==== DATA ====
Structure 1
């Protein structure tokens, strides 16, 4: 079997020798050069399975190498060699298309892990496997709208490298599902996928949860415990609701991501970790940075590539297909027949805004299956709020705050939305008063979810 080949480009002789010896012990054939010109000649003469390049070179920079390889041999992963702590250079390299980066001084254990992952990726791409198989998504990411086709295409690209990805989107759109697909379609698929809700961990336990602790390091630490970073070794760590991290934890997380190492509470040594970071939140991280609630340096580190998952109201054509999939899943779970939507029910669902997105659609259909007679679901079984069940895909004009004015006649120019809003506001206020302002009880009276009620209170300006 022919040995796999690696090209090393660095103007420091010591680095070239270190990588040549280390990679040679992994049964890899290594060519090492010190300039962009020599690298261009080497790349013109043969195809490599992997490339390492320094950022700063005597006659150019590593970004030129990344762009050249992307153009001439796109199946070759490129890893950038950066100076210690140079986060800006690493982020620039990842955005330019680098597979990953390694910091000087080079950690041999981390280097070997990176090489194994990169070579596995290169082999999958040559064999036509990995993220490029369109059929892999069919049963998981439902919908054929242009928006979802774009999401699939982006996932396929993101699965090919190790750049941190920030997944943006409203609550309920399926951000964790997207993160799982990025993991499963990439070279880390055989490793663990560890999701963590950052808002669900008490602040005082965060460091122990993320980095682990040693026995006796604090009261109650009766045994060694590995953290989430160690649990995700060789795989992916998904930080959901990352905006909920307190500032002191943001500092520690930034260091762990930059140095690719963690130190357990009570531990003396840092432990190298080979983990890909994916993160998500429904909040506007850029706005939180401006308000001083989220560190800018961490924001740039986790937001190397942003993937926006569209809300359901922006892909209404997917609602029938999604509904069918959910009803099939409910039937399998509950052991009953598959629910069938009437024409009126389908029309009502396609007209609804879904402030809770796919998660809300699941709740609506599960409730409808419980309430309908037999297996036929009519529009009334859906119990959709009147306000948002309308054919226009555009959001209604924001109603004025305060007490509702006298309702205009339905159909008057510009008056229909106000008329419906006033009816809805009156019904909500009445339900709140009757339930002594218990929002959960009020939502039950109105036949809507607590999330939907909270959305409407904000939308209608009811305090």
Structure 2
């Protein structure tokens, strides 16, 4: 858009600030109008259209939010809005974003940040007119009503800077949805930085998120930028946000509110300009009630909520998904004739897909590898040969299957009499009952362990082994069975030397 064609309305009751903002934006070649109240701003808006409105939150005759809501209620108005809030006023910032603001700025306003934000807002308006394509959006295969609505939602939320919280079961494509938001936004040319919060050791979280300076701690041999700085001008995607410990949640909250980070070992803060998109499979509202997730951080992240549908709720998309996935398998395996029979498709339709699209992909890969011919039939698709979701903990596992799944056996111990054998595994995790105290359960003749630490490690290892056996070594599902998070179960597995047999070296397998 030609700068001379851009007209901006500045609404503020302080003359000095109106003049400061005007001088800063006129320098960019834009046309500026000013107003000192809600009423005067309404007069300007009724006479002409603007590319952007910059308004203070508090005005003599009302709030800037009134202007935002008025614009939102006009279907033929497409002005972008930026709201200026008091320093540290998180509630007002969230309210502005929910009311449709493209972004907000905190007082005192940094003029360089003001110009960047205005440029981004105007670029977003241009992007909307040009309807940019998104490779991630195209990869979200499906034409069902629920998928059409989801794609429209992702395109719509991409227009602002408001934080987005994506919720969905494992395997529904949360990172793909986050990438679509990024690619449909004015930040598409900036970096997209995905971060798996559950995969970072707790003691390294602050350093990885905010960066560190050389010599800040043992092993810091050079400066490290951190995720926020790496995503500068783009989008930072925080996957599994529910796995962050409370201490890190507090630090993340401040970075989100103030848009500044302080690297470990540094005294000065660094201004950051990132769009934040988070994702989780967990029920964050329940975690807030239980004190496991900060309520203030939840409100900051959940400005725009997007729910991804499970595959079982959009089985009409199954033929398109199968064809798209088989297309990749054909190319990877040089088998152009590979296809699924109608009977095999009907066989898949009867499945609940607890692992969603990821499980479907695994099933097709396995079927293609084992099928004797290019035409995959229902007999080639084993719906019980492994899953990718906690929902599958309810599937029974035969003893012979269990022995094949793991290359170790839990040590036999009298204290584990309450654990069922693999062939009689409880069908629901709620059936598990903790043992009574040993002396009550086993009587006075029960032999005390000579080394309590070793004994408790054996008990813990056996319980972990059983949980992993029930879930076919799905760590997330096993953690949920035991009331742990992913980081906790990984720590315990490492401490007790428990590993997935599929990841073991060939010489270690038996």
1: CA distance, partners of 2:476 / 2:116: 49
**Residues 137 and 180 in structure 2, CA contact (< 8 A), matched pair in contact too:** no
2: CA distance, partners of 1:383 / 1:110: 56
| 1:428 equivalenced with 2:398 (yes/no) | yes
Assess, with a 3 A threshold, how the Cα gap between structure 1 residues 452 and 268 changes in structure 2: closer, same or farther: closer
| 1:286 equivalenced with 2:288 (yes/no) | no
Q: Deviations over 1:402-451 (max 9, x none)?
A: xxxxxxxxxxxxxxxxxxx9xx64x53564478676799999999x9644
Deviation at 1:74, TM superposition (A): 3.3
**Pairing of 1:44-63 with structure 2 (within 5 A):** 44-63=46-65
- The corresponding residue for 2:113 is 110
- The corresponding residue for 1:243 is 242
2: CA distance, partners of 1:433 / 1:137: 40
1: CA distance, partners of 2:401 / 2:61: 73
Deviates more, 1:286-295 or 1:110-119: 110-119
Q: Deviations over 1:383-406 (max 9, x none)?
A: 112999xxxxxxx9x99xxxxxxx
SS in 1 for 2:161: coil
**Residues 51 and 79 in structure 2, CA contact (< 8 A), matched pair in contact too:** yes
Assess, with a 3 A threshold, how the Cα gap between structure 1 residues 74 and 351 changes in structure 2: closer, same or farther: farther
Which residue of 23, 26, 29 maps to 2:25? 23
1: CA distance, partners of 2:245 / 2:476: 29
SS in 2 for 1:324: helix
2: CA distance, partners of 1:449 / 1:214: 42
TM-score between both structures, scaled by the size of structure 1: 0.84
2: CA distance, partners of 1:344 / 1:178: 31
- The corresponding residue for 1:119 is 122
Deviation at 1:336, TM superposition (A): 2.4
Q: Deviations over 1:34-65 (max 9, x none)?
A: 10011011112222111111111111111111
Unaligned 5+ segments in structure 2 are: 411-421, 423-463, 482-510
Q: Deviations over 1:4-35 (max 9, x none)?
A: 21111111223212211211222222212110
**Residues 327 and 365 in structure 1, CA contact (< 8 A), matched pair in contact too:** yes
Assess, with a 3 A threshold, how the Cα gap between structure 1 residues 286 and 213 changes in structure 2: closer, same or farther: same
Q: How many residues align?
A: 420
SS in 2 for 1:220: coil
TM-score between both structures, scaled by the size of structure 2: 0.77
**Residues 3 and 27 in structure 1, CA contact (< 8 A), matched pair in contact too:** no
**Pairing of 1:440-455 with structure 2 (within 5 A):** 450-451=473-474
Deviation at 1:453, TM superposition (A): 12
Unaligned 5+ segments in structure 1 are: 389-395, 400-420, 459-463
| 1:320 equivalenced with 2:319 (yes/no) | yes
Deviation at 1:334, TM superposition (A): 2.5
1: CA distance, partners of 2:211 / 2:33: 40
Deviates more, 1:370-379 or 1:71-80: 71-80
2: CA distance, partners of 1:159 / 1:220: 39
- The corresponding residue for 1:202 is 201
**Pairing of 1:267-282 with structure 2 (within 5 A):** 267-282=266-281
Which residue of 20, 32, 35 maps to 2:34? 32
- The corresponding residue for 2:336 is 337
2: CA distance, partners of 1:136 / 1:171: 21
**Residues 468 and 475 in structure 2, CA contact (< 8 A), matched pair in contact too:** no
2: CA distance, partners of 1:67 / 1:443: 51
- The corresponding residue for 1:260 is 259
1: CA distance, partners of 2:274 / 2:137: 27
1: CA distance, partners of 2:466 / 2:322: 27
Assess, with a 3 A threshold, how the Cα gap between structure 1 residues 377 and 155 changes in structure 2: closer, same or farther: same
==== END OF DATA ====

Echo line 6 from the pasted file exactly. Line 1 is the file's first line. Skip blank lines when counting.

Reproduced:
**Residues 137 and 180 in structure 2, CA contact (< 8 A), matched pair in contact too:** no